3 Laws that Face Challenges as Driverless Cars Become Widespread
The concept of driverless cars is perhaps the most exciting technological breakthrough of the 21st century. For decades, this idea was merely a fantasy out of a science fiction novel. Now, we are on the cusp of seeing autonomous cars become a full-blown reality.
While many dream about the possibility of having a computer drive them from A to B while they watch TV, browse the web, sip a cocktail, etc., it’s easy to overlook the massive ripple effect self-driving cars will have on the world. With over 1 billion cars on the road, perhaps the biggest question that remains is how the legal spectrum will be impacted. Being as how driverless cars are still very much in the prototype stage, the answer to this is murky at best.
However, as of now, there are several types of laws that will likely see a fair share of revisions as this trend begins to take over the roads. Here are three of the big ones.
- Real Estate Laws
The real estate industry is estimated to undergo the biggest disruption as driverless cars become widespread. The strong connection between transportation and property goes back to the beginning of human civilization. Factors like proximity to water sources, rivers, canals, towns, railways, etc., have always had a significant influence on property value.
Nowadays, being close to school, work, and transit hubs rank among the top factors in how people choose property. When you add autonomous cars into the mix, the idea of stress-free commuting and parking will surely be a game changer for the real estate market. Think about it--if you could spend the first part of your day having a computer battle traffic for you, would a longer commute really be so bad? You could use that time to eat a nice breakfast, peacefully drink your coffee, watch TV, or even go back to sleep!
Over time, the importance of location will most likely become less of a factor in how people choose homes, businesses choose offices, industries choose warehouses, and so on. Areas that are further from civilization might start to seem more appealing to some people. In terms of real estate laws, this would cause a massive shakeup to how certain areas are zoned for residential and commercial use, the taxes involved, estate planning, and much more.
While the exact alterations to real estate laws are still very unclear, it’s almost a guarantee that this industry will see massive changes as the streets fill up with autonomous vehicles.
- Lemon Law
Another huge concept driverless cars will bring about is how certain car parts are viewed. As it stands now, the most important components in a vehicle are things like the engine, transmission, brakes, etc. These are known as “hardware” systems. While these will always be vital parts of any vehicle, software systems like GPS configuration, location tracking, and sensors will be crucial to the functionality of self-driving cars.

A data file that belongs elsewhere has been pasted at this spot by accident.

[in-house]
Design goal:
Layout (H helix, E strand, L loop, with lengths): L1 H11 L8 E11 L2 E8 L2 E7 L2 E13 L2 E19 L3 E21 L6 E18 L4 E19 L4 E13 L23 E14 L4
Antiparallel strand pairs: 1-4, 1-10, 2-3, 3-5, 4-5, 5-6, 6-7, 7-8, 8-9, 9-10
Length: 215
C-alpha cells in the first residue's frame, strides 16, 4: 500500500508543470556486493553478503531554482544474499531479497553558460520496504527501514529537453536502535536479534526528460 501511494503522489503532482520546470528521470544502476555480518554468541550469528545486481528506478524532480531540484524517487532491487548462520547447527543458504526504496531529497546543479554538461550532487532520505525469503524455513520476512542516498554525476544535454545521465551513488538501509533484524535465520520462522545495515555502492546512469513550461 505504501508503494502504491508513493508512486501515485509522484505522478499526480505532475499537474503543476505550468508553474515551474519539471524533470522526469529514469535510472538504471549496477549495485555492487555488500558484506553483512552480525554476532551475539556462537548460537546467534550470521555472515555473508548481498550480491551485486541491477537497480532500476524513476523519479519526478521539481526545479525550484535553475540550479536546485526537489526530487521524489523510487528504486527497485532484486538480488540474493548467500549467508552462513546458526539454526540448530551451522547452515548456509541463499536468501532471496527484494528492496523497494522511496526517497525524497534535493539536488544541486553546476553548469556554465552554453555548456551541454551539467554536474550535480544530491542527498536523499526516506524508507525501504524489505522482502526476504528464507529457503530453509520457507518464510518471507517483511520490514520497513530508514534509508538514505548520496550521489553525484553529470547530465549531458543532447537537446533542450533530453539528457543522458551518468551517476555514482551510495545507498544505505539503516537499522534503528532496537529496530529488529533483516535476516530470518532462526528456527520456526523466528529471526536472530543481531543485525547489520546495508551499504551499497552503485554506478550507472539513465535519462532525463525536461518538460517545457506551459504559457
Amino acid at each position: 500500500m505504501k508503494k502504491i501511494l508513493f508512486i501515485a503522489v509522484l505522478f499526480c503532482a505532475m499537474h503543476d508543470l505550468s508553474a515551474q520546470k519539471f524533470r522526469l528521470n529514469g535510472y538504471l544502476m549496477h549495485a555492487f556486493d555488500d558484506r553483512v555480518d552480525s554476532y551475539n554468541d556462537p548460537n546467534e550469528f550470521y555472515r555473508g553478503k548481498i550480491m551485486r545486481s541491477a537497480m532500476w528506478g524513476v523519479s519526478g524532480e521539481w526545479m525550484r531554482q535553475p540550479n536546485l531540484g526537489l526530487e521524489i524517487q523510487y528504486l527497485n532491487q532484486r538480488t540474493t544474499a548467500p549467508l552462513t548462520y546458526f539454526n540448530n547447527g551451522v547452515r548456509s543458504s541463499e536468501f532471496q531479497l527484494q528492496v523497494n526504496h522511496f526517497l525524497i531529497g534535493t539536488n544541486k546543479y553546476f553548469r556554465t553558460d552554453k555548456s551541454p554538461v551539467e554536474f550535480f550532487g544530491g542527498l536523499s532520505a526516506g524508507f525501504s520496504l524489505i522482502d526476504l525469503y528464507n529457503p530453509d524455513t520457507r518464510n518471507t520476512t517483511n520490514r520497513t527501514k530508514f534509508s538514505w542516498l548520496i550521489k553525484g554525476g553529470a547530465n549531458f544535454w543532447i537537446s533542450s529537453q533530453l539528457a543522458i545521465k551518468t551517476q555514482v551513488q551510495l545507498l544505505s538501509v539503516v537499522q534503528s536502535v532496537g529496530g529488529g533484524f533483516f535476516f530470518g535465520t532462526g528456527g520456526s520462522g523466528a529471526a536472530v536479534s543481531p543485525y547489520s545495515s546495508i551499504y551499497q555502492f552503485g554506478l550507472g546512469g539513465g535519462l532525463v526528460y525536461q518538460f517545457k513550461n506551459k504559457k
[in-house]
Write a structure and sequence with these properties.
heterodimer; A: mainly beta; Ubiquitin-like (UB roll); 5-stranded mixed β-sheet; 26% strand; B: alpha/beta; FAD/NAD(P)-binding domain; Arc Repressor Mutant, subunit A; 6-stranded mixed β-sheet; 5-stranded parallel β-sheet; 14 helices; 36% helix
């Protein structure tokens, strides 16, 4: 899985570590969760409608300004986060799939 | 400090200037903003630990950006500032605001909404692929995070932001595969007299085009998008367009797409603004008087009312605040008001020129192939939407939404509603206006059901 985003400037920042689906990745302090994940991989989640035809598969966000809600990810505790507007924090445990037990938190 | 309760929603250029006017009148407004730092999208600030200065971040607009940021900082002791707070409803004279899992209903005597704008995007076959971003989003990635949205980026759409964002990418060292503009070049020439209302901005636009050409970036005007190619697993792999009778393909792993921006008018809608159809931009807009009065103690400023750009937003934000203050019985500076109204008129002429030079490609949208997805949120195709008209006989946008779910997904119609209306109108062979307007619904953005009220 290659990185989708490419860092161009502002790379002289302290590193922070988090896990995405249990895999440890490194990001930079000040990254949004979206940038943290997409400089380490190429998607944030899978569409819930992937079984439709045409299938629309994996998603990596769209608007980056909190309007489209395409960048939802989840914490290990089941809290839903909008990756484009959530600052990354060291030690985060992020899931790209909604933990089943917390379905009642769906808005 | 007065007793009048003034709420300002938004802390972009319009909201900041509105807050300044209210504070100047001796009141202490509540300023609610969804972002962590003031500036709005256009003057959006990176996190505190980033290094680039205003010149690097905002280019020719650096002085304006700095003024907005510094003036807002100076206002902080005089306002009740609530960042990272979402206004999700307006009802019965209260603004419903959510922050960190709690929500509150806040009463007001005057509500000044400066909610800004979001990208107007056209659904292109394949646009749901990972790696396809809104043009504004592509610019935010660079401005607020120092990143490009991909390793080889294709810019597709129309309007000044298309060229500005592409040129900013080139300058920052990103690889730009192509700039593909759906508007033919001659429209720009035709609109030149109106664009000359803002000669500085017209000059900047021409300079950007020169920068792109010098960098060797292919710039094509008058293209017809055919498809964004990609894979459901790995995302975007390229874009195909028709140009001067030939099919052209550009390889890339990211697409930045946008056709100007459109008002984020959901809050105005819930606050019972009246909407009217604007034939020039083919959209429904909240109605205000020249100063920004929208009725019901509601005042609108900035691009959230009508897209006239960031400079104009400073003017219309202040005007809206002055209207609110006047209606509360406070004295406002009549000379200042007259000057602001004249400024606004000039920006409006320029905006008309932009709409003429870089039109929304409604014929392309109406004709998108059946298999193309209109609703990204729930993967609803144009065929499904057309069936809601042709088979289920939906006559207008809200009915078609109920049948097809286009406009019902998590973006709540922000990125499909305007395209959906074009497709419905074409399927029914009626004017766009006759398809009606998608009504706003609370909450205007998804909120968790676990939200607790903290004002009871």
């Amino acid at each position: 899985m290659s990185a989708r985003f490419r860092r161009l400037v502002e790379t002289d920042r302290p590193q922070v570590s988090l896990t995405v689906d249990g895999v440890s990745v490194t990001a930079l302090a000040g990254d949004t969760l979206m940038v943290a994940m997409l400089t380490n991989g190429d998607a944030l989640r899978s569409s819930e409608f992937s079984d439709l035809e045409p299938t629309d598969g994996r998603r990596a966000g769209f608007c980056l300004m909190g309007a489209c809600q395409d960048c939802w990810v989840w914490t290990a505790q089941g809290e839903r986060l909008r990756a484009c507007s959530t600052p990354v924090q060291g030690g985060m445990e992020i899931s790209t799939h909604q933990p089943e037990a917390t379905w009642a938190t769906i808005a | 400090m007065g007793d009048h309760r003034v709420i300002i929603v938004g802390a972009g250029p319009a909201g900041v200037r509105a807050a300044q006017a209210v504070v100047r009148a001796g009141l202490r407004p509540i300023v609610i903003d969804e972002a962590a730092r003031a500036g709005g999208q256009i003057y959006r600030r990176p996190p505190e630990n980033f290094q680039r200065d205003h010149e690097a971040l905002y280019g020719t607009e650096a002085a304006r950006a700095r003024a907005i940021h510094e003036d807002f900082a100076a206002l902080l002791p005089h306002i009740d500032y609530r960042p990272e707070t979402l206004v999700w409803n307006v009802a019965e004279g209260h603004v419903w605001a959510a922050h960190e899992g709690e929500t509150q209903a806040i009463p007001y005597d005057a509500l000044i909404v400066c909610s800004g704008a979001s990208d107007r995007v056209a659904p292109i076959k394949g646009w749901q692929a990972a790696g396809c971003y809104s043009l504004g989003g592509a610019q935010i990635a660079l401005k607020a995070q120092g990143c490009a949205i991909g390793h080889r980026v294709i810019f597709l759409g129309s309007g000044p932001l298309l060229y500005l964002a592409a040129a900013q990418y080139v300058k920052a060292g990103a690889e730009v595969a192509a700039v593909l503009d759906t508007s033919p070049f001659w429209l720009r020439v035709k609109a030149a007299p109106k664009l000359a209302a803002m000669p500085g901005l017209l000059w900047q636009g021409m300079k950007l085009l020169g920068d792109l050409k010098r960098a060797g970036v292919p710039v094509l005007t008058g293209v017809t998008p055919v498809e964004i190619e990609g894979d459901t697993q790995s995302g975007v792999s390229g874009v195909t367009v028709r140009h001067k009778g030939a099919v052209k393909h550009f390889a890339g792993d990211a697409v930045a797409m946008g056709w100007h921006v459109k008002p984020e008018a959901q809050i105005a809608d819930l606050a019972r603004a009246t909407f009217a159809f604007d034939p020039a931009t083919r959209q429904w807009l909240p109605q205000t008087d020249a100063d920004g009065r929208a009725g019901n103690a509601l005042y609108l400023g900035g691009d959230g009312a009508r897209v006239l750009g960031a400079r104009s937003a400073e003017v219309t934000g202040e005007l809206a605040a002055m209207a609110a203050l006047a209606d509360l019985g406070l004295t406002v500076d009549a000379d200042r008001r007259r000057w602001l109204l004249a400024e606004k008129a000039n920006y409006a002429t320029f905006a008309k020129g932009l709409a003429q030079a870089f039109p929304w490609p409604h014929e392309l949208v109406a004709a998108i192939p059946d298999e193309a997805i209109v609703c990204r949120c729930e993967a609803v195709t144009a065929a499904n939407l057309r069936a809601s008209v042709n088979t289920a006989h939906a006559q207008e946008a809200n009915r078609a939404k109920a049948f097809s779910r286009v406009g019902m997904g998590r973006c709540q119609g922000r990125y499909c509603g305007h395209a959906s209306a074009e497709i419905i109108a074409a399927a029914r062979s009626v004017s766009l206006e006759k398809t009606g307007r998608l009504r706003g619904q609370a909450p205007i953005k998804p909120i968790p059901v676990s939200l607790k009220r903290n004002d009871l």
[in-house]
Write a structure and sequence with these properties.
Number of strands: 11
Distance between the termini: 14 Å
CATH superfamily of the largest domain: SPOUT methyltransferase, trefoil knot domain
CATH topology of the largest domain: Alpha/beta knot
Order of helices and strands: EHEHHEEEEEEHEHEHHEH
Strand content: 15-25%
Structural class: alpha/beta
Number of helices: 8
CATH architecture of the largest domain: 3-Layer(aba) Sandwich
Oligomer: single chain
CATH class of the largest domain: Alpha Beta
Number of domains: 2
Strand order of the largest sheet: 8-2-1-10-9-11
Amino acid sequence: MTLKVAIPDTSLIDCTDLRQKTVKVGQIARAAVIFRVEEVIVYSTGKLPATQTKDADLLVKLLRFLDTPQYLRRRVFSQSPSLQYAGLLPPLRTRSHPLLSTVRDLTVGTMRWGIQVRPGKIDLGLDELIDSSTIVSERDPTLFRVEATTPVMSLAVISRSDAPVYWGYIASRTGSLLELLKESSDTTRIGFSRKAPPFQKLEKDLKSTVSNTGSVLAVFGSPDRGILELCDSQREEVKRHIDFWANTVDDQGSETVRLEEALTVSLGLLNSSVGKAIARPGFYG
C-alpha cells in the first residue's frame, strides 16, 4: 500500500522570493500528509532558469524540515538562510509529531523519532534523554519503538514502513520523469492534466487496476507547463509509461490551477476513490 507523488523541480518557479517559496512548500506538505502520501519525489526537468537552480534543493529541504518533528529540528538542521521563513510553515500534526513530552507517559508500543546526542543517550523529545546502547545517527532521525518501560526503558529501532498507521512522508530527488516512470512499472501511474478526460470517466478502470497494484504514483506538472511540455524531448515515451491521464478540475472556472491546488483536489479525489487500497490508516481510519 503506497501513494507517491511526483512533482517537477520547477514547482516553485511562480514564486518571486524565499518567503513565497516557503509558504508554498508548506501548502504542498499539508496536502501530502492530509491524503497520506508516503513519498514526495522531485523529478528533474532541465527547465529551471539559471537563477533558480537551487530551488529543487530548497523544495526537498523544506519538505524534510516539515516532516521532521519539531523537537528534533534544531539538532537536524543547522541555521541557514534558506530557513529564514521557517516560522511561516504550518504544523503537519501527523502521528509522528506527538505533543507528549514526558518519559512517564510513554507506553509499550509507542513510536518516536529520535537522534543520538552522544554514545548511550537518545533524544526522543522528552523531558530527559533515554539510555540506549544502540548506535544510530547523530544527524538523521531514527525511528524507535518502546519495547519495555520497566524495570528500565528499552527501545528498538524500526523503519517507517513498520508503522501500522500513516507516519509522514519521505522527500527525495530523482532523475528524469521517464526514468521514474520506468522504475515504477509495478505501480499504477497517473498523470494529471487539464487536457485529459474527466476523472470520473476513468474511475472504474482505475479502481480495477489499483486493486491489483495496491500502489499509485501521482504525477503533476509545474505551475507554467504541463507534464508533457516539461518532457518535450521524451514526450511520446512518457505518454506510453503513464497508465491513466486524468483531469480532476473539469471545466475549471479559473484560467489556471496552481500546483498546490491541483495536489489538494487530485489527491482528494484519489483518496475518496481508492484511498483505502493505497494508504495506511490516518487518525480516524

Lemon law was written in the 1970’s to primarily cover the hardware systems of vehicles. For those who aren’t familiar, lemon law is American state laws that work to compensate buyers of vehicles and other consumer goods that repeatedly fail to conform to the applicable warranties. In other words, these laws hold auto manufacturers accountable for defective products. In many cases, these hardware problems should be resolved by the average car mechanic. However, solving software problems will be a bit more complex. Moreover, any software malfunction in an autonomous car can easily be the difference between life and death for the passenger.
That being said, it’s very likely that we will see state lemon laws undergo a makeover of sorts to factor in faulty software systems. In fact, California lemon law attorneys have already dealt with software-related claims - Tesla recently dealt with a lemon law case involving glitches in the self-parking feature.
- Personal Injury Law
Thousands of people are injured every year by other drivers. These numbers have increased significantly in the past decade as technology provides more and more distractions. Fortunately, driverless cars could significantly reduce these numbers. Drivers wouldn’t have to worry about taking their eyes off the road to change the radio, set a GPS, talk on the phone, etc. Furthermore, this new technology would do wonders to cut down on driving under the influence. These are some of the major selling points of autonomous vehicles.
Now, as collision-related personal injury claims stemming from driver error decline, the potential for class action lawsuits against major car and software companies will likely increase. In March of 2018, a 49-year old woman was hit and killed by one of Uber’s driverless cars in Tempe, Arizona. The report revealed that the car was traveling at 40mph and did not appear to slow down at all before the impact. Cases like this are prompting government legislators to work on regulations that keep up with the changing auto industry.
If there is one guarantee right now, it’s that driverless cars are going to play a major role in the future of transportation. With that comes big changes to the current laws – both in and outside of the transportation industry. While the ripple effect of driverless cars will certainly be huge, it remains to be seen exactly how far it will disrupt the daily status quo.
Brian K. Cline is the founding partner at Cline APC, A California Lemon Law Legal Group. His firm represents clients throughout California.
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